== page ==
Blurb: As COVID-19 drags on and vaccines seem to promise widespread immunity, the world’s attention has turned to predicting how the present pandemic will end. Yet how do societies know when an epidemic has ended and normal life can resume? What criteria and markers indicate an epidemic’s end? Who has the insight, authority, and credibility to decipher these signs? Although researchers have paid a great deal of attention to the origins of epidemics and to the climactic high points of outbreaks, they have paid little attention to how epidemics actually end. This talk will redirect attention to the ending of epidemics, making use of historical and other disciplinary research to provide a tentative framework for outlining how epidemics end, as part of the interdisciplinary project ‘How Epidemics End’, based at the University of Oxford.
In this key-note titled “Social Disparities & Pandemics, Mamelund will 1) present results showing that social inequality was a forgotten factor in pandemic preparedness before the COVID-19 pandemic, and speculate why this was the case; 2) present results on the social inequalities in COVID-19 pandemic disease burden and call for more research on the distal and proximal causes of these disparities; and 3) discuss how we can take both medical and social vulnerability into account in pandemic preparedness to be better prepared for the next pandemic.
COVID-19 has shown that people with disabilities are at increased risk of severe illness and death during pandemics. Interacting biological and social factors likely contribute to these differences. For example, risks are especially high for those living in institutions.
Yet, few researchers have studied the experiences and outcomes of disabled people during past pandemics, including the 1918 influenza pandemic. As part of the webinar series of the Centre for Research on Pandemics & Society at Oslo Metropolitan University, Jessica Dimka, Ph.D., will present the main results of her Marie Skłodowska-Curie fellowship in her talk, “Disability, Institutionalization, and the 1918 Flu Pandemic: From Historical Records to Simulation Models.”
Key points of the talk include:
A comparison of seven Norwegian psychiatric institutes shows that although a higher percentage of staff became ill, more of the residents who did get sick died.
Parish records from Sweden suggest that people with recorded disabilities had a higher chance of death than non-disabled people, but this was more apparent for those who were also institutionalized. People with mental health conditions and intellectual disabilities had a higher chance of death than the non-disabled, while other types of disability were not statistically significant.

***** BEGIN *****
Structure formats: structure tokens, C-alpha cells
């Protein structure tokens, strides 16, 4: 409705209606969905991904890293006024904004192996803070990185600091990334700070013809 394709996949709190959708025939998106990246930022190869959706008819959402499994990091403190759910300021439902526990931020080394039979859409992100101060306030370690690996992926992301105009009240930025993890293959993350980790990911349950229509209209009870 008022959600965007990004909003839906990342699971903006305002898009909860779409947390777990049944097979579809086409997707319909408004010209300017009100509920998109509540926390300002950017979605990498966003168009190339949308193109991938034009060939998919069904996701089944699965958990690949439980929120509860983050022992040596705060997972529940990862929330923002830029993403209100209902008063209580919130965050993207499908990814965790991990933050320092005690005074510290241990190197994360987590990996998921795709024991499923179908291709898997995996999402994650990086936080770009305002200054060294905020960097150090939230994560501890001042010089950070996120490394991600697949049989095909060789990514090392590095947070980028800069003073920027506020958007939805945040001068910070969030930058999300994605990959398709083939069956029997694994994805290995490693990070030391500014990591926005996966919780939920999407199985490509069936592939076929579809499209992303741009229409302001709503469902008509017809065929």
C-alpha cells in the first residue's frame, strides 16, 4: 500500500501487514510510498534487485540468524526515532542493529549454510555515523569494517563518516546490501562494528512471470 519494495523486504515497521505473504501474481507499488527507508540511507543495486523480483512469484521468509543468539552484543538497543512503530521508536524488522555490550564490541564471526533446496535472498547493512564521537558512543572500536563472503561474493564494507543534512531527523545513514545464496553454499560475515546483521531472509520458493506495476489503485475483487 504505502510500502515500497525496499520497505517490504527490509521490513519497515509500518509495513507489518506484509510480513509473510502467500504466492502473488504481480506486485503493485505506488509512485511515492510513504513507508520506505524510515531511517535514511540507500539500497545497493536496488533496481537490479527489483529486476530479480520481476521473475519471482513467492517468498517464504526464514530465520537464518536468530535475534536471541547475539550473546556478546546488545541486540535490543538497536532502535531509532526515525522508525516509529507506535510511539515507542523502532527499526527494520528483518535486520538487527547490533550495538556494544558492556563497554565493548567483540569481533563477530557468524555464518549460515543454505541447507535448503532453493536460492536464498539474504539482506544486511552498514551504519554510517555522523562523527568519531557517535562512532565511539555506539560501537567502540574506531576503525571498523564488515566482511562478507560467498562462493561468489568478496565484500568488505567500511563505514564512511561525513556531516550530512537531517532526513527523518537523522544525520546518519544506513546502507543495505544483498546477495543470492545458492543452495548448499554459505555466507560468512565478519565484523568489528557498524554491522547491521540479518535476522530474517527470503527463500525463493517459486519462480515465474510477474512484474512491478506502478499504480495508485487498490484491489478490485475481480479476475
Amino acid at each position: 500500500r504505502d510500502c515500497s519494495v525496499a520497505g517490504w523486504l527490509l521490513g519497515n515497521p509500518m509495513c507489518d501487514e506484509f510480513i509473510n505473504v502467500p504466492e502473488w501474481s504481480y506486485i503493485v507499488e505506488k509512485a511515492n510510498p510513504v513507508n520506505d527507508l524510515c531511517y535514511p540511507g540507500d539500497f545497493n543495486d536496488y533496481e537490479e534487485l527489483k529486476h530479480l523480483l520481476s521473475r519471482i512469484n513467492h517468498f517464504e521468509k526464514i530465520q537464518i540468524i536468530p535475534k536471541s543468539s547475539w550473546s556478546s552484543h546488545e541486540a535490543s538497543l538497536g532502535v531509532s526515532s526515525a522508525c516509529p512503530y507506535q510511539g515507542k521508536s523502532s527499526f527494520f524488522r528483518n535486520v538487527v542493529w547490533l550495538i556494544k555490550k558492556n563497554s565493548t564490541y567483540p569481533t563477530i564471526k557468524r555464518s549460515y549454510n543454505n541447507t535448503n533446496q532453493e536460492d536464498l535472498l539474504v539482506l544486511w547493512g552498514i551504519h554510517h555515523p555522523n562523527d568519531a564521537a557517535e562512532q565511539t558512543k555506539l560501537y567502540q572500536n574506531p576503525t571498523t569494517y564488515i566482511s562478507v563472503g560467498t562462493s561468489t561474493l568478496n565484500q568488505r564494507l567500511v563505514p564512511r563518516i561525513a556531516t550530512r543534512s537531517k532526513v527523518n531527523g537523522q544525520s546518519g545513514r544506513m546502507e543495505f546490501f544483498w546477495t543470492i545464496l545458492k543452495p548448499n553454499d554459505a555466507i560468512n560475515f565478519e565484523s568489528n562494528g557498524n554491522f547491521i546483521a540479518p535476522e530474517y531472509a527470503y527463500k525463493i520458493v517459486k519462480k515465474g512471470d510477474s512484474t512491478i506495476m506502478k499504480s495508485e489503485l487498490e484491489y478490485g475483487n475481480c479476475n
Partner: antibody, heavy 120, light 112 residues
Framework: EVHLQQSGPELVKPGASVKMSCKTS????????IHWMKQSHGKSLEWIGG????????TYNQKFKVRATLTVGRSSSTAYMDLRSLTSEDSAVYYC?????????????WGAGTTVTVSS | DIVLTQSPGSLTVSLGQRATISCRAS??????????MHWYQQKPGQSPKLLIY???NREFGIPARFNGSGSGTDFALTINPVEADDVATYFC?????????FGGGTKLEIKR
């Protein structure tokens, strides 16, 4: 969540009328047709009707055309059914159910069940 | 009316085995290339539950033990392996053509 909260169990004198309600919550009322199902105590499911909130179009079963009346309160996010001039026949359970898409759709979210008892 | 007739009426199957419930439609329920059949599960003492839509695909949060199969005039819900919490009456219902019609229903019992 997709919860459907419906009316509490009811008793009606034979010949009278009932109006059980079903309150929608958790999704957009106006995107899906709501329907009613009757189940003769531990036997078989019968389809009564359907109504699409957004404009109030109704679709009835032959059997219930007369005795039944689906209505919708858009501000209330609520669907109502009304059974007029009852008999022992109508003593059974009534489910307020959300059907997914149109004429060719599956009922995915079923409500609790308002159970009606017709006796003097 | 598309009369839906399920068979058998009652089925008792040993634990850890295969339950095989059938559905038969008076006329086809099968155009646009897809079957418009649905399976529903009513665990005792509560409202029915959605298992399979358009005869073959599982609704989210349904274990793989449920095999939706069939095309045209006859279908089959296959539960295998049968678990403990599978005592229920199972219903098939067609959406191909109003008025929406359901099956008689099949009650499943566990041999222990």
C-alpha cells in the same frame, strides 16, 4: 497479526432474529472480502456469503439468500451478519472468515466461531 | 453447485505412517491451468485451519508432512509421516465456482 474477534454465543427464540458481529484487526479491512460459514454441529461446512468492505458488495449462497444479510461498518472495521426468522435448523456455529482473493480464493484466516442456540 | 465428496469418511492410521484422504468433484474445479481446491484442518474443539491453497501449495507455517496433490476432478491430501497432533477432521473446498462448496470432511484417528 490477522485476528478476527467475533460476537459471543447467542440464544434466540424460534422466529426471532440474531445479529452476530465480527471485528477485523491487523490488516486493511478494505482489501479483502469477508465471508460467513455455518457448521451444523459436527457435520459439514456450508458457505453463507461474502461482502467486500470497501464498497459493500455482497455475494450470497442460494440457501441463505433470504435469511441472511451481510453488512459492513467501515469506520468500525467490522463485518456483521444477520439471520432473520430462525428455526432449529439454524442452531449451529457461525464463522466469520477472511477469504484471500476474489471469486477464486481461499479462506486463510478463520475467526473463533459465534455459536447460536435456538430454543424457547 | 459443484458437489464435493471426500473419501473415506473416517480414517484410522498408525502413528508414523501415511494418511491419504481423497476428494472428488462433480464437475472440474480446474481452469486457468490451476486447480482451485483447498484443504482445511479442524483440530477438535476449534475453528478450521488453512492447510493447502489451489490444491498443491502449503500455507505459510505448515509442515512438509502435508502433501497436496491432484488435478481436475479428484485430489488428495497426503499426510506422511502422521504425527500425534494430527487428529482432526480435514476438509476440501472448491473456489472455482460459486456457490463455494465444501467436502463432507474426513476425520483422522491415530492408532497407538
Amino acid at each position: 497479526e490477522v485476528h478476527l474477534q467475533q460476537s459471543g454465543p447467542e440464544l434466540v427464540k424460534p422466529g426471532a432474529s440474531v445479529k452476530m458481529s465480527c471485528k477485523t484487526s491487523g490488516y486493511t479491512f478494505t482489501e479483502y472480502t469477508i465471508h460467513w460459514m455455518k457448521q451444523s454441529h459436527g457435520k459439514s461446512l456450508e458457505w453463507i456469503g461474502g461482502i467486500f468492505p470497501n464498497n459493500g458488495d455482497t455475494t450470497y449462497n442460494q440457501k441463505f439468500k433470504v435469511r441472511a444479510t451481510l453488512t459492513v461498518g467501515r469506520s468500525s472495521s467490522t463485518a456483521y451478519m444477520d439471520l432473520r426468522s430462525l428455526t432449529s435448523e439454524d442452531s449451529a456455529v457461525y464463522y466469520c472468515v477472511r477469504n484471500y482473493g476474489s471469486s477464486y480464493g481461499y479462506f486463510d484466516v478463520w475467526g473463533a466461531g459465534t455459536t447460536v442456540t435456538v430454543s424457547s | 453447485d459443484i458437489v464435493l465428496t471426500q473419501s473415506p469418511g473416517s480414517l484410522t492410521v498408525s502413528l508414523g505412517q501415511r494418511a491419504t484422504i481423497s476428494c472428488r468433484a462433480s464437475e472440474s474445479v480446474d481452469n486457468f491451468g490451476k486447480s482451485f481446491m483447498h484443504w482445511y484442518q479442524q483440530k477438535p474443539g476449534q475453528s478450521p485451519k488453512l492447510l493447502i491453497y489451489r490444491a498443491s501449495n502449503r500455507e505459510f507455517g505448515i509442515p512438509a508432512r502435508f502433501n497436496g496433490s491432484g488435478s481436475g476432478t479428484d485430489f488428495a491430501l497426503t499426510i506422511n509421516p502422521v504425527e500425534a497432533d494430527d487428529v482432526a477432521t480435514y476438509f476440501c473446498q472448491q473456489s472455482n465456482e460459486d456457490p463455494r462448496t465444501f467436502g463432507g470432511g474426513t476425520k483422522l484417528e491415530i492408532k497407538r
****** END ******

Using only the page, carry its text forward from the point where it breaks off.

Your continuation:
Rich historical records were used to develop a simulation model of a school for children with disabilities to investigate the spread of epidemics within institutions. The model will be described, and preliminary analyses will be presented. For example, the model shows that the pattern and timing of spread are different for teachers and students.
The talk will conclude with a discussion of the relevance of this work for COVID-19 and future pandemics, including areas of future research, policy implications, and the disabling effects of pandemics.
The talk will be in English, and International Sign interpretation is arranged. For general questions about the webinar including accessibility concerns, please contact firstname.lastname@example.org or email@example.com
Senterlederen har skrevet ny spalte i Morgenbladet og spør Blir det en korona-babyboom? – Morgenbladet. Hvordan COVID-19 kan ha påvirket frukbarhet er dessuten et spørsmål som FN også er opptatt av. Mamelund er invitert til et webinar10-11 mai (United Nations Population Division Expert Group Meeting on the Impact of the COVID-19 Pandemic on Fertility) og vil gi et innlegg om hvordan Spanskesyken påvirket fruktbarheten i årene 1918-1920.
Prof. Chowell-Puente, is at Department of Population Health Sciences, Georgia State University School of Public Health, Atlanta, GA, USA.
Please send e-mail to firstname.lastname@example.org if you wish to participate in this webinar.
Blurb: Multiple factors such as low testing rates, test sensitivity, and misclassification of the cause of death hamper the derivation of reliable estimates of pandemic mortality burden. Estimating all-cause excess mortality above an expected mortality baseline can provide a reliable picture of the overall mortality burden during a severe pandemic event. In this talk, we focus on our work estimating mortality impact of the 1918 influenza pandemic and the COVID-19 pandemic. We will present a comparative analysis of excess mortality patterns by age, cause of death, and variation at the county level in the state of Arizona as well as its impact on natality and stillbirth risk. In light of these findings, we reflect on the ongoing impact of the COVID-19 pandemic Mexico, including a discussion of the public health implications of our findings.